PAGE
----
The only logical reasons why the Obama administration would refuse to release any U.S. evidence in support of its accusations on Syria -- especially after the bogus case for invading Iraq -- is that the evidence is weak to non-existent or provided by "sources," such as Israel, Saudi Arabia or the Syrian rebels, who have a vested interest in drawing the United States into the Syrian civil war.
The UN Report
While refusing to release any of its own evidence, the Obama administration has argued that a 38-page report by UN inspectors contained indications that some non-governmental organizations and media outlets, including the New York Times, have interpreted as implicating the Syrian government.
But the UN report itself offered no findings of responsibility and actually contained information casting doubt on some U.S. claims, including finding no Sarin or other chemical weapons agents at one of two sites inspected outside Damascus. The inspectors also reported that they detected signs that people associated with the rebels had tampered with the two sites before the inspectors arrived. [See Consortiumnews.com's "Murky Clues from UN's Syria Report."]
In the field, Robert Fisk, a veteran reporter for London's Independent newspaper, found a lack of consensus among UN officials and other international observers -- despite the career risks that they faced by deviating from the conventional wisdom on Assad's guilt.
"Grave doubts are being expressed by the UN and other international organisations in Damascus that the sarin gas missiles were fired by Assad's army," Fisk wrote. "Why, for example, would Syria wait until the UN inspectors were ensconced in Damascus on 18 August before using sarin gas little more than two days later -- and only four miles from the hotel in which the UN had just checked in?... As one Western NGO put it ... 'if Assad really wanted to use sarin gas, why for God's sake, did he wait for two years and then when the UN was actually on the ground to investigate?'"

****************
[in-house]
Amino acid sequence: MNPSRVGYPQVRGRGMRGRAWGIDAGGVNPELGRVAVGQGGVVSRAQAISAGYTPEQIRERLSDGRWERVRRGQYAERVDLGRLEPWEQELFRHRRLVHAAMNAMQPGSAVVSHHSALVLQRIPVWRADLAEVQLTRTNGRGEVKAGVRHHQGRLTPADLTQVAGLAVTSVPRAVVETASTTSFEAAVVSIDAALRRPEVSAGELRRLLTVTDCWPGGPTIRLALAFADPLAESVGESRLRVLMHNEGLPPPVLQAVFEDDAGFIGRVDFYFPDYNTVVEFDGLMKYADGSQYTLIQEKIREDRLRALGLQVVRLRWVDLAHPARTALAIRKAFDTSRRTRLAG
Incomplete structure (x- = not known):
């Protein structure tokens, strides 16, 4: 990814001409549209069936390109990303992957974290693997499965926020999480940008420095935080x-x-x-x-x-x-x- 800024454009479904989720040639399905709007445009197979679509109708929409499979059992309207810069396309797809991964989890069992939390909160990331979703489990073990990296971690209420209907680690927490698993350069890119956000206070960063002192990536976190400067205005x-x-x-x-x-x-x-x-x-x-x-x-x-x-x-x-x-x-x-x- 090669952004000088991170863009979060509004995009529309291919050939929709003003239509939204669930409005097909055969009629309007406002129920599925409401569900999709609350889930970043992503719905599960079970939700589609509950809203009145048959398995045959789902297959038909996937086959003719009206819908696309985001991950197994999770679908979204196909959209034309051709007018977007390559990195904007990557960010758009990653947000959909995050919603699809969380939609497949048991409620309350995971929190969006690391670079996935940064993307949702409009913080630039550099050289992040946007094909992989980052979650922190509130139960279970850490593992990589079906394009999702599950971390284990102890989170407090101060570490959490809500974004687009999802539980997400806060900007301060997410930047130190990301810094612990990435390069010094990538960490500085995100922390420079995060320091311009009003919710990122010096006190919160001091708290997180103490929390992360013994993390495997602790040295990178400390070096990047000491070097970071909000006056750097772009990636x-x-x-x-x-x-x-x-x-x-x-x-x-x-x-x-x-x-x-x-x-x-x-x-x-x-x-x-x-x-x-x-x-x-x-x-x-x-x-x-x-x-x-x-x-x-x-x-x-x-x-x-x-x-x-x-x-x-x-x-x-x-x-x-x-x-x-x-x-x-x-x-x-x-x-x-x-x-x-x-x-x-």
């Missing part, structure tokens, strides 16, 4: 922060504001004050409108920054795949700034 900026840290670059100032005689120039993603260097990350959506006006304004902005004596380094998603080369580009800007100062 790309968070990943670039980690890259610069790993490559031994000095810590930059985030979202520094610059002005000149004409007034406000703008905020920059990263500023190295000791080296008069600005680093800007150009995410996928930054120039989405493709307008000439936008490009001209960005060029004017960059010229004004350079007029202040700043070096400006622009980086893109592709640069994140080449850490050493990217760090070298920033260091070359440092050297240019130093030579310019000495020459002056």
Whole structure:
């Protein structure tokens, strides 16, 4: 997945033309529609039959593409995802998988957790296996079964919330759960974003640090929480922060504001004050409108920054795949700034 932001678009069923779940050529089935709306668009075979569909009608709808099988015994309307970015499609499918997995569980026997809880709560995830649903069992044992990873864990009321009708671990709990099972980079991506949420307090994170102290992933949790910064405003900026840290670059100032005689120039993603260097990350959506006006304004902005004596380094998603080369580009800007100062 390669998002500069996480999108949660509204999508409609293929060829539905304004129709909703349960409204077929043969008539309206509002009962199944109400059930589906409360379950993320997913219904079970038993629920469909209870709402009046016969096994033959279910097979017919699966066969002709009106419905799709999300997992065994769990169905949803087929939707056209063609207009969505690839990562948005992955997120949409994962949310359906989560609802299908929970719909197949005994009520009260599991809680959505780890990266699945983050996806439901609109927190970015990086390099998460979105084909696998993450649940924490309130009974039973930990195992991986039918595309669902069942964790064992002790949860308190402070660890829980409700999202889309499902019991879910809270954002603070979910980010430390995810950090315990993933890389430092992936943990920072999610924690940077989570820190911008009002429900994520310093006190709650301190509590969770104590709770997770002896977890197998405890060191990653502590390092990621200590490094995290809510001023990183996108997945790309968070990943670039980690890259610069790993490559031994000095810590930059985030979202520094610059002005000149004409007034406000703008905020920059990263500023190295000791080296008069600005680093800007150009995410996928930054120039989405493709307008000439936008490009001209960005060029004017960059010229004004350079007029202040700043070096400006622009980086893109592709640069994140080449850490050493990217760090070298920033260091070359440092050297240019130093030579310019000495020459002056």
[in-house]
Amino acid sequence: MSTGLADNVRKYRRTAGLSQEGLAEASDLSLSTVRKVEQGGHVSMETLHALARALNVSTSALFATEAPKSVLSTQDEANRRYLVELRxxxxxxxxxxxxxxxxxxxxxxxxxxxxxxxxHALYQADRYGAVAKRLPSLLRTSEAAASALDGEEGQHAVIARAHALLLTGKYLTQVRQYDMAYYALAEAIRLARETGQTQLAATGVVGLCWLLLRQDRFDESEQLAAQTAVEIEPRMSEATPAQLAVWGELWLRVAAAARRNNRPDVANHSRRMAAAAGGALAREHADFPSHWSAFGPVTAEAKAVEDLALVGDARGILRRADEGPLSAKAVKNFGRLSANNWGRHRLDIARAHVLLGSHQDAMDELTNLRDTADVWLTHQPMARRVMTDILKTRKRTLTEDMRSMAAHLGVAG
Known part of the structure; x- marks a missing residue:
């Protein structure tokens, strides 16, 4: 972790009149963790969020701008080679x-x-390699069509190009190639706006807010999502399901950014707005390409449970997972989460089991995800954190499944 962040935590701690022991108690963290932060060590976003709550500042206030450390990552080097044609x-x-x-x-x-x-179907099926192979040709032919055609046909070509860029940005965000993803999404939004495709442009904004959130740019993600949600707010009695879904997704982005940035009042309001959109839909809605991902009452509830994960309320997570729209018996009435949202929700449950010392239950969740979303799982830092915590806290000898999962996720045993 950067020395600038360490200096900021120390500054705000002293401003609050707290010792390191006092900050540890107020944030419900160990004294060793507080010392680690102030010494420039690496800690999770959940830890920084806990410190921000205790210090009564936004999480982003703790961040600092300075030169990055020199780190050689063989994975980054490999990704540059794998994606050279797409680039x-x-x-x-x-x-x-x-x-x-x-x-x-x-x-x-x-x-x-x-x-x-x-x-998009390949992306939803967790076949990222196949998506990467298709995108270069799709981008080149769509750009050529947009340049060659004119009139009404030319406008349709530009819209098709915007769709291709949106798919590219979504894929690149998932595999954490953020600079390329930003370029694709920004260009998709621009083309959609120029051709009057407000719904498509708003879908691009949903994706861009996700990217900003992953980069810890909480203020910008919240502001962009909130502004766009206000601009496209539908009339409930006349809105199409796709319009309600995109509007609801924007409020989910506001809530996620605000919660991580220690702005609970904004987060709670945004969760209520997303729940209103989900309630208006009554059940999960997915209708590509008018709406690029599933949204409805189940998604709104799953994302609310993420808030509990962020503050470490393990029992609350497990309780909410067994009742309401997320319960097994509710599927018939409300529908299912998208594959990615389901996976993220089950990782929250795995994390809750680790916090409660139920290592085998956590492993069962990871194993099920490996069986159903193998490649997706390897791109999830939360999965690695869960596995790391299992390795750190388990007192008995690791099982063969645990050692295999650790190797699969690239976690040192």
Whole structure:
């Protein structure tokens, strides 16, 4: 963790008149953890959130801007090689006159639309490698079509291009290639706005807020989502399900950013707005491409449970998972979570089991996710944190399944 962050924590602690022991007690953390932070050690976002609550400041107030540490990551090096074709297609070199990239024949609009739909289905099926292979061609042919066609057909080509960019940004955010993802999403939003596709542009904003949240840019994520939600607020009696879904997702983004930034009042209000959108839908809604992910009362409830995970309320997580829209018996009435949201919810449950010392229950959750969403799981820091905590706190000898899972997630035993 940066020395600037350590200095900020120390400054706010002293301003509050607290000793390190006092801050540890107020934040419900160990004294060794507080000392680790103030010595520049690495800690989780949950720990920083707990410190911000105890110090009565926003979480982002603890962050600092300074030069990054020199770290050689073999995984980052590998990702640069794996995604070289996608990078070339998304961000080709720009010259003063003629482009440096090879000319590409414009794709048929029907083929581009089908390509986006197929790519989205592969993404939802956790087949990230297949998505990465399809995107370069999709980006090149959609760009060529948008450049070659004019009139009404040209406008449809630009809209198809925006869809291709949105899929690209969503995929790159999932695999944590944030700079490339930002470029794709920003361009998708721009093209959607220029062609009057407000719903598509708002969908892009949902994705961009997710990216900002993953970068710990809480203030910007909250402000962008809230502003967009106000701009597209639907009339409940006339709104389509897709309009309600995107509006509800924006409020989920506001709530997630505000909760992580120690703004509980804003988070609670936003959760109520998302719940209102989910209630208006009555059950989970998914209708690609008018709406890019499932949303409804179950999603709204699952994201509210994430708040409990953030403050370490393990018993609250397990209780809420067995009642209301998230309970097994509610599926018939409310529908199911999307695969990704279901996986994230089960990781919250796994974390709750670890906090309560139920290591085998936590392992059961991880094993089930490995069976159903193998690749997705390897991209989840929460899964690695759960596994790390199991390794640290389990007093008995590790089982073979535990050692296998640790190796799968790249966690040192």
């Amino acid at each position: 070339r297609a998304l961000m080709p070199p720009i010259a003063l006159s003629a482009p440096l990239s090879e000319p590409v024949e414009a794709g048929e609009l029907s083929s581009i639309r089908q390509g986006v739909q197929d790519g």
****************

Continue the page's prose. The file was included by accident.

New evidence also has surfaced on how the U.S. government worked aggressively over the past dozen years to ensure that the leaders of key UN agencies, including the Organization for the Prohibition of Chemical Weapons, will present findings in ways most favorable to U.S. policies. [See Consortiumnews.com's "How US Pressure Bends UN Agencies."]
Ideally, the role of the press corps should be to examine all such claims skeptically and to insist as much as possible that the various sides in a dispute present their evidence so the information can be carefully evaluated, especially when the issue is one of war or peace.
If a government refuses to present any evidence at all -- even hiding the facts from a legislator like Grayson who isn't just going to toe the line -- that press skepticism should be ratcheted up even higher. Instead, the New York Times on Syria does what it did during the run-up to the invasion of Iraq, simply make itself available as a willing propaganda vehicle.